How to choose the right tattoo for you, according to tattoo artists

Chelsea Ritschel

Deciding what tattoo to get is a life-changing decision - after all, without expensive and painful removal surgery, they're going to last forever.

And while getting an important name or date etched on your skin will likely remain poignant for years to come, if you're going to get creative there are a number of factors to consider.

For those that already have something in mind - perhaps stolen from Pinterest - it is typically a good idea to have an artist give a second opinion, and then put a unique twist on the design.

After all, like the once-unique infinity sign or Harry Potter symbol, tattoos are bound to become repetitive.

For those who want a tattoo but have no idea what to get, we spoke to tattoo artists for some advice.

Dina Dicenso, the owner of Gristle Tattoo in Brooklyn, New York, told The Independent that you should start by finding an artist whose work you like.

“For people who don’t know what design to get, they should start by finding an artist whose style they love and ask to see their books of work for ideas,” she told us. “Artists usually have sketchbooks with lots of designs they’ve drawn up that they would love to tattoo on prospective clients.”

However, Dicenso does admit it is ideal to at least have a rough concept of what you want tattooed on your body.

“Ideally, it’s best to have at least a general idea of a theme or elements to include in the piece and then work with the artist to customise it into a piece the individual will be happy with in the long-term,” she said.

Luki from Good Times Tattoo in London also advises doing some research beforehand before committing to a tattoo.

“We could suggest thousands and thousands of designs, but ultimately, it needs to be something they will be happy with forever, so it’s not something to be rushed into,” she told us.

Once you have decided on the type of tattoo you want, choosing an artist is the next step - which requires careful consideration.

While most artists are adept at tattooing the basics - flowers, birds, important names - some artists are more skilled than others, especially when it comes to certain techniques such as portraits or geometric work.

Instagram is an excellent outlet to find a specialist artist whose work you like, and most tattoo artists suggest you look at their past work before deciding.

If you are aiming for a tattoo that isn’t easily seen, the ribs, behind the ear or neck, and ankle are all well-hidden spots.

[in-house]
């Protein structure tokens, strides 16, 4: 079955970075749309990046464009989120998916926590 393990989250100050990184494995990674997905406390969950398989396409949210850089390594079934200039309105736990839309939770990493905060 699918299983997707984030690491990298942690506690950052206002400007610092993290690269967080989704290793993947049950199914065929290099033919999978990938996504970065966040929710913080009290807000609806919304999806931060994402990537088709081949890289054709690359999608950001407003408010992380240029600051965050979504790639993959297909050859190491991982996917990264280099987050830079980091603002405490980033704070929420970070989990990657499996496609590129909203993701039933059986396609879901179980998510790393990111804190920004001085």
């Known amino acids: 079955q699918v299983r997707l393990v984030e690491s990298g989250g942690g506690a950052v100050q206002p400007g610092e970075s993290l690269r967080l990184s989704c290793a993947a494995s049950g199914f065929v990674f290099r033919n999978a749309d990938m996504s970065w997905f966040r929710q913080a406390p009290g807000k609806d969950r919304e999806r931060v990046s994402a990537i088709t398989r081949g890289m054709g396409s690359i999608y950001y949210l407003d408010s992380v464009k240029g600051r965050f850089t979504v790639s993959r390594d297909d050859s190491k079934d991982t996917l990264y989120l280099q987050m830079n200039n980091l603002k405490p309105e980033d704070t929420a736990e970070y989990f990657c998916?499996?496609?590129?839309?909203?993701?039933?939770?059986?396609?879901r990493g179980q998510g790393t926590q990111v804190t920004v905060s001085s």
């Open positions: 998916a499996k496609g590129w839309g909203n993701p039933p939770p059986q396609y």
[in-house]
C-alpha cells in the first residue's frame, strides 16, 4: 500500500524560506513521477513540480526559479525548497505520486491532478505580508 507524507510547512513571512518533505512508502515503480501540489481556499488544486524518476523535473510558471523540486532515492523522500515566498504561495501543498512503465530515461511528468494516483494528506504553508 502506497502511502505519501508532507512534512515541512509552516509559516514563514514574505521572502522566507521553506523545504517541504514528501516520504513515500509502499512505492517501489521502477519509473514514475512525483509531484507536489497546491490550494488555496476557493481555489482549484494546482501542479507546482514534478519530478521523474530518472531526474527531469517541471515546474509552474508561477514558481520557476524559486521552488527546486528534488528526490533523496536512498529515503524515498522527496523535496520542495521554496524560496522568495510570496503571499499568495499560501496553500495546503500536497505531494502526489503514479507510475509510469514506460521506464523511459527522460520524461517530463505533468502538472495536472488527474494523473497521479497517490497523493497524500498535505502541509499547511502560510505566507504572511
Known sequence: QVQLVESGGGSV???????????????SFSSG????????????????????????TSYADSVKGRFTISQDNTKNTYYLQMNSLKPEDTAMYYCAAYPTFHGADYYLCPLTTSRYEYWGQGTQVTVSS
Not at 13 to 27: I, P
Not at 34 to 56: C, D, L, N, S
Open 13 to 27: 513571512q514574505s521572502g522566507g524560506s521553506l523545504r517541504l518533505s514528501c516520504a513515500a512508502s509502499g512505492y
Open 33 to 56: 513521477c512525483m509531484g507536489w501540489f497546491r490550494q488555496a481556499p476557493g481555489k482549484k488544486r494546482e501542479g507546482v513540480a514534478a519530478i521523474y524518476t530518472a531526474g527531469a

The rise in fine-line tattooing also means tattoos can be especially dainty - with the artists from West 4 Tattoo telling us that fine-line tattoos are "something the everyday person can take on."

If you prefer for your tattoo to be seen, your fingers, arms, legs, chest or back are all places to consider - as they offer a large canvas for bigger tattoos or more tattoos, such as a sleeve.

For those who aren't sure, a small tattoo is a good place to start - as you can always get more or add to it in the future - for example to build up a sleeve tattoo.

If you want a tattoo but are worried about the pain, the good news is some locations are less painful than others.

For those with a low-pain tolerance, artists from New Wave Tattoo suggest avoiding the ribs, elbow and top of the foot - as well as the inner arm area, such as the inner elbow.

And the sternum and kneecaps are also likely out - as artist Kerri said they are easily the most painful locations.

If your biggest concern is uniqueness, do your research beforehand to avoid any of the common tattoo trends - which means opting out of a lower-back tattoo.

Additionally, think twice before committing to Harry Potter movie references, tourist landmarks, roses or finger tattoos - as they are all unfortunately overdone.

For those equally concerned about the type of ink being placed permanently into their bodies as they are about the design, vegan ink is worth looking into.

Although widely available, it is important to double-check with your artist beforehand that the ink they use is vegan.

According to Peta, non-vegan tattoo inks get their colour from ingredients such as bone char to insect parts.

If a vegan tattoo experience is essential to you, make sure to also confirm that the supplies such as the ointment, stencil paper, soap and razors used by the tattoo shop are vegan as well.

Fading is also something to consider before deciding on a tattoo location, so it is worthwhile to ask your artist for advice if you don't want to get your tattoo retouched.

Finger tattoos and mouth tattoos are the most prone to fading, but over time most tattoos will fade at least a little, especially if they are subjected to sweat, sun, or friction.

If you are worried about a tattoo fading in the future, use sunscreen and try to keep your skin moisturised.

This article was originally published in January 2019.